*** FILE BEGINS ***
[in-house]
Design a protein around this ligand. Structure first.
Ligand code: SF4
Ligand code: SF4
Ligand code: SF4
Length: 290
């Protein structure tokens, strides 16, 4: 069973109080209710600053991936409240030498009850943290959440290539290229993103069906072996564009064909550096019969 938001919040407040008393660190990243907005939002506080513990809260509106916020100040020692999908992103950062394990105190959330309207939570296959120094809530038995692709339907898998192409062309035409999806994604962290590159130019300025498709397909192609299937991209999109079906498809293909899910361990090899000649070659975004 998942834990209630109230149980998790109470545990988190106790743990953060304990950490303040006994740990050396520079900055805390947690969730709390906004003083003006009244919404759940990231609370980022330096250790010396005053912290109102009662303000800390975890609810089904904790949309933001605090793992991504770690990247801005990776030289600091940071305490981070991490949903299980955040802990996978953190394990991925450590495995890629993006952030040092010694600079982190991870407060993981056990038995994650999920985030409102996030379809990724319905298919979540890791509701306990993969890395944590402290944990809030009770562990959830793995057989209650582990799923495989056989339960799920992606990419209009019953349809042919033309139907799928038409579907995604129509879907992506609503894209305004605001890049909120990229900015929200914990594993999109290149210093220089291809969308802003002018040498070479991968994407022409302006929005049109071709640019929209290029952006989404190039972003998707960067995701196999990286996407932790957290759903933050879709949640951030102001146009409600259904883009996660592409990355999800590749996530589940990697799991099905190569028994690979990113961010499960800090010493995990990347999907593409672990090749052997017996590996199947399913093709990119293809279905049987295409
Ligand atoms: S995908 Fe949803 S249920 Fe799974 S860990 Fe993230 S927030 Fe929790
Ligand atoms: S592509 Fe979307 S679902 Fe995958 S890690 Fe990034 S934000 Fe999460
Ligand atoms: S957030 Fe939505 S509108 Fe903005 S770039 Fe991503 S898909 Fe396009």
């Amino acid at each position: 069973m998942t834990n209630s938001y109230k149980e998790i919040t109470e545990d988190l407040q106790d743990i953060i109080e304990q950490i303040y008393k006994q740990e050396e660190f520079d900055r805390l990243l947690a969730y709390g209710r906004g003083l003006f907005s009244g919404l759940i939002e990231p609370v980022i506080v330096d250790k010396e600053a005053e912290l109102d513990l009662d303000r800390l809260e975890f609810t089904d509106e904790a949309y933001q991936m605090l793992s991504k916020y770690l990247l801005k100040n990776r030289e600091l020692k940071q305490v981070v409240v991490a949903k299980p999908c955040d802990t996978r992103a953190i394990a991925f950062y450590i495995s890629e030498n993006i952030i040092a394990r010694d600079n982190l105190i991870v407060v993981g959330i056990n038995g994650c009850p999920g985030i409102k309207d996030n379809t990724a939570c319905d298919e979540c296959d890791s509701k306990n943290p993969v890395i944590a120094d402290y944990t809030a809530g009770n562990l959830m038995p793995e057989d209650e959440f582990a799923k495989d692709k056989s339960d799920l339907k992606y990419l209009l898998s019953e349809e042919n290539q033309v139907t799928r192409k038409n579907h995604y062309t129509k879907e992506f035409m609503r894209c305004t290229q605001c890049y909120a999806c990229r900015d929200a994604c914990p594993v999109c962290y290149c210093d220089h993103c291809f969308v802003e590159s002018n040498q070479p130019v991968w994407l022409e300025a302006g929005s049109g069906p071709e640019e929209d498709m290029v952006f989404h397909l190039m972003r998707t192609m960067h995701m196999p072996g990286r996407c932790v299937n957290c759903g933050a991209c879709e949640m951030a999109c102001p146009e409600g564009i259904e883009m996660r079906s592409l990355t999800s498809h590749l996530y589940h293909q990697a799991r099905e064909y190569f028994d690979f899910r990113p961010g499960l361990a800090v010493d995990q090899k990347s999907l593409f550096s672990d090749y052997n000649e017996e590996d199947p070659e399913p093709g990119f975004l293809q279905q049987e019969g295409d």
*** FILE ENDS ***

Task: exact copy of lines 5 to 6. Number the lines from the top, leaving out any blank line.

Ligand code: SF4
Length: 290